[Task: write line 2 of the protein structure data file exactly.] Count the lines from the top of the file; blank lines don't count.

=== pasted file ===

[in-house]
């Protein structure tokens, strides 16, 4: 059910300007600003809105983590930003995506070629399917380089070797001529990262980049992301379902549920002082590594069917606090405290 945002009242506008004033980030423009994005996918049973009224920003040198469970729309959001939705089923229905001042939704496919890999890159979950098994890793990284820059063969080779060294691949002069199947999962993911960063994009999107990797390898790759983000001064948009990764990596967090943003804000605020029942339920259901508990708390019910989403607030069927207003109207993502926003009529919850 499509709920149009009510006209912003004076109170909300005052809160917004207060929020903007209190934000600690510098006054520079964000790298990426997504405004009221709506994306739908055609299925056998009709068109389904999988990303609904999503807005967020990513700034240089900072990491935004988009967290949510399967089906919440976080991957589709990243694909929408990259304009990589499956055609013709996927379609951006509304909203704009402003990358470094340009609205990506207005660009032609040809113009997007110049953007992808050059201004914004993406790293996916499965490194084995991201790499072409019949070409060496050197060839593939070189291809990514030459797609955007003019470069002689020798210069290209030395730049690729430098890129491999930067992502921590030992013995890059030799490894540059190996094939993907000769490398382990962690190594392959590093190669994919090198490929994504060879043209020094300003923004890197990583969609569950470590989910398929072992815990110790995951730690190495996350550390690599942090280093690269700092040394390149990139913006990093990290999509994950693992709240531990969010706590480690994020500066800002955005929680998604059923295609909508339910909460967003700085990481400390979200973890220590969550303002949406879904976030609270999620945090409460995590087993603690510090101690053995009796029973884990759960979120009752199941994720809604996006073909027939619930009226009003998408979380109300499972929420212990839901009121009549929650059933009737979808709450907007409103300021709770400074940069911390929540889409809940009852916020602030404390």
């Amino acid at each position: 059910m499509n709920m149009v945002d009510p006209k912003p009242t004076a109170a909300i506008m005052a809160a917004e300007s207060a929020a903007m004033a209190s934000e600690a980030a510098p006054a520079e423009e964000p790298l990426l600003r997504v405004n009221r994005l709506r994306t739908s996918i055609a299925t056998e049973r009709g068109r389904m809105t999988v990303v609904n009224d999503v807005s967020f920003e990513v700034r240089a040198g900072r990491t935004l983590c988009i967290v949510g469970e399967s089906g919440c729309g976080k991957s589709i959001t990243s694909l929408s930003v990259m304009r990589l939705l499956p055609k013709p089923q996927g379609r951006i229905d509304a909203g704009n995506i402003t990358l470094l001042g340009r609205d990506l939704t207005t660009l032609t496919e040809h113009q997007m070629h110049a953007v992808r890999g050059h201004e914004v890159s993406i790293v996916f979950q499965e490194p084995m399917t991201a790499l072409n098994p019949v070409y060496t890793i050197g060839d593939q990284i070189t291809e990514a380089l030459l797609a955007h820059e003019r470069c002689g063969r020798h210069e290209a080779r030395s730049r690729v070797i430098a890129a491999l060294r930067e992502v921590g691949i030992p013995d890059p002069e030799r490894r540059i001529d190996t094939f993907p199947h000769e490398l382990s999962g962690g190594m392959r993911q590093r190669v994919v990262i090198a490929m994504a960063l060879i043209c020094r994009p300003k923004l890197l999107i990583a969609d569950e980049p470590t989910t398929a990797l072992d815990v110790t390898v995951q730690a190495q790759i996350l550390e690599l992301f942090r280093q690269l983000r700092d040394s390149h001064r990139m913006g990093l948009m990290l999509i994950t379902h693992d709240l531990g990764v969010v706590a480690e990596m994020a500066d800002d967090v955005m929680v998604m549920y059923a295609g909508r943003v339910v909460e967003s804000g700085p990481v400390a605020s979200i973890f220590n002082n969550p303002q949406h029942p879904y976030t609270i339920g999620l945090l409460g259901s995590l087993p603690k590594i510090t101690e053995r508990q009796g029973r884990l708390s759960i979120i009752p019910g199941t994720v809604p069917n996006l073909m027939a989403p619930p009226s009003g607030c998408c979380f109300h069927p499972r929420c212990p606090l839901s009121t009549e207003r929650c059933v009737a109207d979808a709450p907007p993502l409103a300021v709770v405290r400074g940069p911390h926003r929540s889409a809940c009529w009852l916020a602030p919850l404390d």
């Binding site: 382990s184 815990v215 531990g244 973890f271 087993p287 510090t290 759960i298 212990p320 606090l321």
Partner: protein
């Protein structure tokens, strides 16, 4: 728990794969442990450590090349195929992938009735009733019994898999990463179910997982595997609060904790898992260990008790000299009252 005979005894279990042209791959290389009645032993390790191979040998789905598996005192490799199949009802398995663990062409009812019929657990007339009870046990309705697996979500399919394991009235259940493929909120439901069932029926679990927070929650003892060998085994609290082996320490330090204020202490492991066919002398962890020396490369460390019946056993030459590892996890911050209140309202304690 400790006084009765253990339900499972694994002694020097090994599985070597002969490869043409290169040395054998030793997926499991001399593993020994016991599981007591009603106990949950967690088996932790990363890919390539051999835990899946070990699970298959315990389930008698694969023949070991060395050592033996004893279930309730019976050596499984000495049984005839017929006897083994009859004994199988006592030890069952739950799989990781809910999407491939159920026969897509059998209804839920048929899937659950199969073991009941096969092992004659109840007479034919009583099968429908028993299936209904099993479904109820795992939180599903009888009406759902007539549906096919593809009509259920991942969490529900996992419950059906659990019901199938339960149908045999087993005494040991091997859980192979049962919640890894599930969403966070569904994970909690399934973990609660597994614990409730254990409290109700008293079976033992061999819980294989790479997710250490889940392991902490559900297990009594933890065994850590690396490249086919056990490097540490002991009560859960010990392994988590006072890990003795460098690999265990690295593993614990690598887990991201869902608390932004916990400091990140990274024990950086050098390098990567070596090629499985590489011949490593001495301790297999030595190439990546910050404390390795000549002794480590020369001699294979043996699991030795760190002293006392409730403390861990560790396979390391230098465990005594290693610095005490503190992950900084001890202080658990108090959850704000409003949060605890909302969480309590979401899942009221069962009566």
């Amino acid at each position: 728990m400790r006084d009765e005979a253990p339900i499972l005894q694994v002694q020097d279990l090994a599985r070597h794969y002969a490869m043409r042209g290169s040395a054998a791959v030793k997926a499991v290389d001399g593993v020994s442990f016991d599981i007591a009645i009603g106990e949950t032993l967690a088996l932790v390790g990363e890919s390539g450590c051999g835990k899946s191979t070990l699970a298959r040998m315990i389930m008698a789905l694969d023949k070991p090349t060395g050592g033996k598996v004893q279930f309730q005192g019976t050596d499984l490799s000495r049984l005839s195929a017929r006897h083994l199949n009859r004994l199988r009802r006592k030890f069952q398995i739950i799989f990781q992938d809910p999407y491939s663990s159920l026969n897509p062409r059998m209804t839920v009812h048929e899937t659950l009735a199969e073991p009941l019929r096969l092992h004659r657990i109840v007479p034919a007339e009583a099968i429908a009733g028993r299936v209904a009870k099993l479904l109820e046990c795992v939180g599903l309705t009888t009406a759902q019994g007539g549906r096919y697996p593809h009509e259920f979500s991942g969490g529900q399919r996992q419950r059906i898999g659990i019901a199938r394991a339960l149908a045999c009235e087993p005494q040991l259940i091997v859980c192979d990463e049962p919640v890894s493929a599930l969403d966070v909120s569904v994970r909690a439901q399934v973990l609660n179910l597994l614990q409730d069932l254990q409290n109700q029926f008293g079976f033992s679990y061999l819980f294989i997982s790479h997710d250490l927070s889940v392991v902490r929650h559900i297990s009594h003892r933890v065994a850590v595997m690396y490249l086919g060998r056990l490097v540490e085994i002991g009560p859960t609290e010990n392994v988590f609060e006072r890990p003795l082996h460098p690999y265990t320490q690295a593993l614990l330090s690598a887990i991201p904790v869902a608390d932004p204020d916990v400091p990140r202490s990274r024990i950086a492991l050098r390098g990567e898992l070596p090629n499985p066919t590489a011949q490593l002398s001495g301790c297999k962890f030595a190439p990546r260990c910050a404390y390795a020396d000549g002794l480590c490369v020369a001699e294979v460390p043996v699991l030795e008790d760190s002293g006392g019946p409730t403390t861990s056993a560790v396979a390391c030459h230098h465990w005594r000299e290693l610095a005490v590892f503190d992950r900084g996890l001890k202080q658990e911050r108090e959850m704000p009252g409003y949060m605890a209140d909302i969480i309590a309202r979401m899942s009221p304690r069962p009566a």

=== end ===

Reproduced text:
């Protein structure tokens, strides 16, 4: 059910300007600003809105983590930003995506070629399917380089070797001529990262980049992301379902549920002082590594069917606090405290 945002009242506008004033980030423009994005996918049973009224920003040198469970729309959001939705089923229905001042939704496919890999890159979950098994890793990284820059063969080779060294691949002069199947999962993911960063994009999107990797390898790759983000001064948009990764990596967090943003804000605020029942339920259901508990708390019910989403607030069927207003109207993502926003009529919850 499509709920149009009510006209912003004076109170909300005052809160917004207060929020903007209190934000600690510098006054520079964000790298990426997504405004009221709506994306739908055609299925056998009709068109389904999988990303609904999503807005967020990513700034240089900072990491935004988009967290949510399967089906919440976080991957589709990243694909929408990259304009990589499956055609013709996927379609951006509304909203704009402003990358470094340009609205990506207005660009032609040809113009997007110049953007992808050059201004914004993406790293996916499965490194084995991201790499072409019949070409060496050197060839593939070189291809990514030459797609955007003019470069002689020798210069290209030395730049690729430098890129491999930067992502921590030992013995890059030799490894540059190996094939993907000769490398382990962690190594392959590093190669994919090198490929994504060879043209020094300003923004890197990583969609569950470590989910398929072992815990110790995951730690190495996350550390690599942090280093690269700092040394390149990139913006990093990290999509994950693992709240531990969010706590480690994020500066800002955005929680998604059923295609909508339910909460967003700085990481400390979200973890220590969550303002949406879904976030609270999620945090409460995590087993603690510090101690053995009796029973884990759960979120009752199941994720809604996006073909027939619930009226009003998408979380109300499972929420212990839901009121009549929650059933009737979808709450907007409103300021709770400074940069911390929540889409809940009852916020602030404390």